How Do I Pass the PMP Certification Exam?
That’s probably the most frequently asked question we get when teaching the PMP Prep Course. Our response in normally, you need to know the PMBOK inside and out — but the reality is you need to know how to apply the concepts to real-world scenarios.
We have prepared a sample quiz to help you get a feel of the questions on the test – PMP SAMPLE QUIZ
We asked past participants who had taken and passed the exam what their experience was like. We hope these insights will help you prepare for your exam. Here is what they told us –
- Few straightforward definition/calculation questions – most were interpretive questions.
- I definitely recommend doing a “brain dump” of the 47 processes, to provide the comfort of knowing which processes go in which sequence because such questions come up a bit.
- CV, SV, CPI and SPI questions. These require either calculating these values or else interpreting the project status (behind schedule, under budget, etc.)
- Contract type questions are common, such as the type of contract described or to be used: T&M, CPFF, FP-EPA
- Questions involving Lessons Learned.
- Inputs to Project Charter and Project Management Plan. Recommend knowing all the ITTOs for these processes.
- More questions involving Stakeholders have been added since the exam was revised this January.
- Emotional intelligence (EQ) questions have been coming up in the exam lately. Recommend understanding the term and in which situations EQ would be helpful.
- Quality questions included the Ishikawa/Fishbone/Cause and Effect Diagrams as part of the correct answer, as well as the Pareto Diagram and principle, and the Control Charts.
- There have been one or two questions regarding the Tornado Diagram, as well as the Affinity Diagram to collect and categorize stakeholders’ input to the PM Plan.
- Risk Identification questions are common, including how to treat a newly identified risk, such as what to do first: implement a workaround or update the risk register or perform qualitative risk analysis.
- Procurement questions sometimes relate to what to do if a seller is not performing, or if the sub-contracting company gets sold to another firm while under an ongoing contract.
- Memorize the definitions for crashing and fast tracking, as well as when it is appropriate or more effective to use one over the other.
- Know inside out the definition of Resource Calendars and Staff Management Plan
- There are often questions regarding Risk Responses, such as implement a contingency plan, define a workaround, update the Risk Register or the entire PM Plan.
- There are questions regarding team building activities, and what the expected outcome might be.
- Recommend knowing what the potential impacts of change requests are.
- There are questions regarding administrative closure and what is required to close a project, as well as the ITTOs.
- Questions involving PERT / Three-Point calculations for both cost and time. Often the question does not specify using either the Triangular or Beta Distribution formulas. Therefore, need to calculate both and then match the correct answer with one of the two calculations.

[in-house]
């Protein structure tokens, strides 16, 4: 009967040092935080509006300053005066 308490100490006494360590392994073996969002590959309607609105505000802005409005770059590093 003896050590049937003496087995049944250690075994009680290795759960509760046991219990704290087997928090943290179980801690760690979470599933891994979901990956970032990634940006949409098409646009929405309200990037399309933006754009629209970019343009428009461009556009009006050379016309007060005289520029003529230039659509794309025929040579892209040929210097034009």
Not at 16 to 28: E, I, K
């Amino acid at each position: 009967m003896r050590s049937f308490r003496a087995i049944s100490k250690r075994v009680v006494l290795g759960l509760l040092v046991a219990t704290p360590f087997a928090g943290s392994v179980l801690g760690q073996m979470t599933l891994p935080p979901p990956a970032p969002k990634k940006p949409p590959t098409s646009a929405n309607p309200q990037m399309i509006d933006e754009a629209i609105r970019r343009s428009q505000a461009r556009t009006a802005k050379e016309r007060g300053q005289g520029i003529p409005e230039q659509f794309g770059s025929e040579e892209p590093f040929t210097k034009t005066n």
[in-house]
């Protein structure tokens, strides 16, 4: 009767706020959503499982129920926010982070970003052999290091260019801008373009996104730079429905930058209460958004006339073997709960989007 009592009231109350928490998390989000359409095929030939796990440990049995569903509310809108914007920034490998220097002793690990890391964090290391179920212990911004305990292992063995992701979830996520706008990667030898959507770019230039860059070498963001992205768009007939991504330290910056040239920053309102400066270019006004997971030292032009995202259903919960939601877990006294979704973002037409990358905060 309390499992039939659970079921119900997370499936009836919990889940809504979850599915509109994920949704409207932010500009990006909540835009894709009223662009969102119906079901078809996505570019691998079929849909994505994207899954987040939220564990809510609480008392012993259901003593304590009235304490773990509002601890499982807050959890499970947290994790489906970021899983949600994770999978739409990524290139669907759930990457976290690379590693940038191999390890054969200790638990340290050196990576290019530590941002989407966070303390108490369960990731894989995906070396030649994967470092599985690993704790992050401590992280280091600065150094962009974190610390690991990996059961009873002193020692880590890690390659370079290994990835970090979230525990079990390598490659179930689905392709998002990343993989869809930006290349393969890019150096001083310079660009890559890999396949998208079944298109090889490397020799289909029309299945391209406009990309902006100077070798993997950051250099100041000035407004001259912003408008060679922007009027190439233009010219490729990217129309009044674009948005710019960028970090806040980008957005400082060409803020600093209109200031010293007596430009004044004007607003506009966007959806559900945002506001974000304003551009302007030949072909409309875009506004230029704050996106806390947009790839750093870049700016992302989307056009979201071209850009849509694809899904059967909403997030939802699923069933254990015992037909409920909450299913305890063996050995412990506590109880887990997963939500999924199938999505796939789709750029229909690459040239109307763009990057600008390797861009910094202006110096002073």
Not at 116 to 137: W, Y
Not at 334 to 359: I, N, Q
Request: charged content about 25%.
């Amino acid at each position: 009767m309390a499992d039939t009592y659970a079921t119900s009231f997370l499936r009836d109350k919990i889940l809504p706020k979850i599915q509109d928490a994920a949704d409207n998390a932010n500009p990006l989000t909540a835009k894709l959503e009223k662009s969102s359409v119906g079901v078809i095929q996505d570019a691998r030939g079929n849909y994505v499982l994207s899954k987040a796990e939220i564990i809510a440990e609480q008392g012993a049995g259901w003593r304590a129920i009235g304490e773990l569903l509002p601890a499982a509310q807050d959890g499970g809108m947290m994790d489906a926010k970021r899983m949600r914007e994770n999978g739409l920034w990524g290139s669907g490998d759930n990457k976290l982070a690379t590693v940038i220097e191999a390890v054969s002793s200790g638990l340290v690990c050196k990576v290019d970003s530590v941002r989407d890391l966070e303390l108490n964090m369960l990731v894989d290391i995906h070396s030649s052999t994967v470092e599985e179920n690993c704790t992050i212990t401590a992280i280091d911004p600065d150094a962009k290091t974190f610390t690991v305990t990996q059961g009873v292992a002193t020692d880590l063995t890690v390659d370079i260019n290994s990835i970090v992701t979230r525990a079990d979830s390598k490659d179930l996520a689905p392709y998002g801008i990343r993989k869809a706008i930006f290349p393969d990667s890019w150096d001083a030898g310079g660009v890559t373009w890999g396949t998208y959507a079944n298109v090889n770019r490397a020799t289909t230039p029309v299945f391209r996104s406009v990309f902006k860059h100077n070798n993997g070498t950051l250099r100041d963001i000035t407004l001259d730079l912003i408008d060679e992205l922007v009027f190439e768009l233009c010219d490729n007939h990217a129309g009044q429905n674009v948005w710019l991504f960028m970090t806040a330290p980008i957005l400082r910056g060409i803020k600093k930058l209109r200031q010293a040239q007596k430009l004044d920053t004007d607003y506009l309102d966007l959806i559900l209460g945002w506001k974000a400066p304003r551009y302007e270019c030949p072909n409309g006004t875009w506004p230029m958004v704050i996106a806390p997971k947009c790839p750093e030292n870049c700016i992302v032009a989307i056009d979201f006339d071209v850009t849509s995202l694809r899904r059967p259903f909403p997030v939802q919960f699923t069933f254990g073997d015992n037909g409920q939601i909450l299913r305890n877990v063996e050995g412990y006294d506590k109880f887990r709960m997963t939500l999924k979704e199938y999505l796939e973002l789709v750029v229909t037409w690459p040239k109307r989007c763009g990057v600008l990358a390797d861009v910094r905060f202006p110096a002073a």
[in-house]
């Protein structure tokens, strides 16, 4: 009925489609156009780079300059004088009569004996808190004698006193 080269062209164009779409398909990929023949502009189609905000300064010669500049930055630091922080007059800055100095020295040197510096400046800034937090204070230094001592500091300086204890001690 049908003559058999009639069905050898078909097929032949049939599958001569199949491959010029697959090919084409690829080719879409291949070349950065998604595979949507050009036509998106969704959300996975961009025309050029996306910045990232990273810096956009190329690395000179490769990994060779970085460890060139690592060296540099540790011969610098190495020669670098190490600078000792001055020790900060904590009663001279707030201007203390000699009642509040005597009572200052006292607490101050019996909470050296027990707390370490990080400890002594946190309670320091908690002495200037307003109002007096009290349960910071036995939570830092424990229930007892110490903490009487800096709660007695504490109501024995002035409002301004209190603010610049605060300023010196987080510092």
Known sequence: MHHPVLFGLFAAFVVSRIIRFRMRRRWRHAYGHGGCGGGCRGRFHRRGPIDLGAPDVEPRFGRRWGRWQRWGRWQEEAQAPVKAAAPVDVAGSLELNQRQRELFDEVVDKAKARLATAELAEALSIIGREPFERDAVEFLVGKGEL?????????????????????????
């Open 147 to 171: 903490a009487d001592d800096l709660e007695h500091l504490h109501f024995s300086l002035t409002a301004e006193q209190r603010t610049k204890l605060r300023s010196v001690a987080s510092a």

- Questions regarding Conflict Management and what is the best way to resolve them depending on the situation.
- Remember that though not the overall favorites, sometimes forcing/directing or avoiding might apply in the right situation. In general, however, Collaborating/Problem-solving offers a more long-term solution.
- Know the SOW goal, definition, and where it applies (i.e. Project Charter and/or Procurement Documents.)
- Critical Path Method (CPM) questions often appear on the exam, therefore, it is important to understand the principle as well as purpose and importance of calculating float.
- Recommend you understand the lifecycle of the “Deliverable”:
|INPUT||DIRECT/MANAGE PROJECT WORK||OUTPUT|
|Deliverables||Control Quality||Verified Deliverables|
|Verified Deliverables||Validate Scope||Accepted Deliverables|
|Accepted Deliverables||Close Phase of Project||Transitioned Deliverables|
- A few questions are sometimes about the kick-off meeting. Know when this takes place, who is involved, and what is the goal.
- There are often questions regarding communication channels ((n*n-1)/2) Remember to add the project manager as part of the number of stakeholders.
- Remember when the “Probability x Impact Analysis” first occurs. During the Perform Qualitative Risk Analysis” (correct answer) or the “Perform Quantitative Risk Analysis.”
- It is important to understand when to use which of the two To-Complete-Performance-Index (TCPI) formulas. One is when the Budget at Completion (BAC) needs to stay the same. In other words, when changing the budget is not an option. And the second uses the Estimate at Completion (EAC), which is an updated budget.
- There are often questions regarding the Tuckman Ladder (FORMING, STORMING, NORMING, PERFORMING ADJOURNING), such as in which phase to team members begin to work more effectively.
We hope these insights help you prepare effectively. If you have any questions, or we can be of assistance — please contact us firstname.lastname@example.org.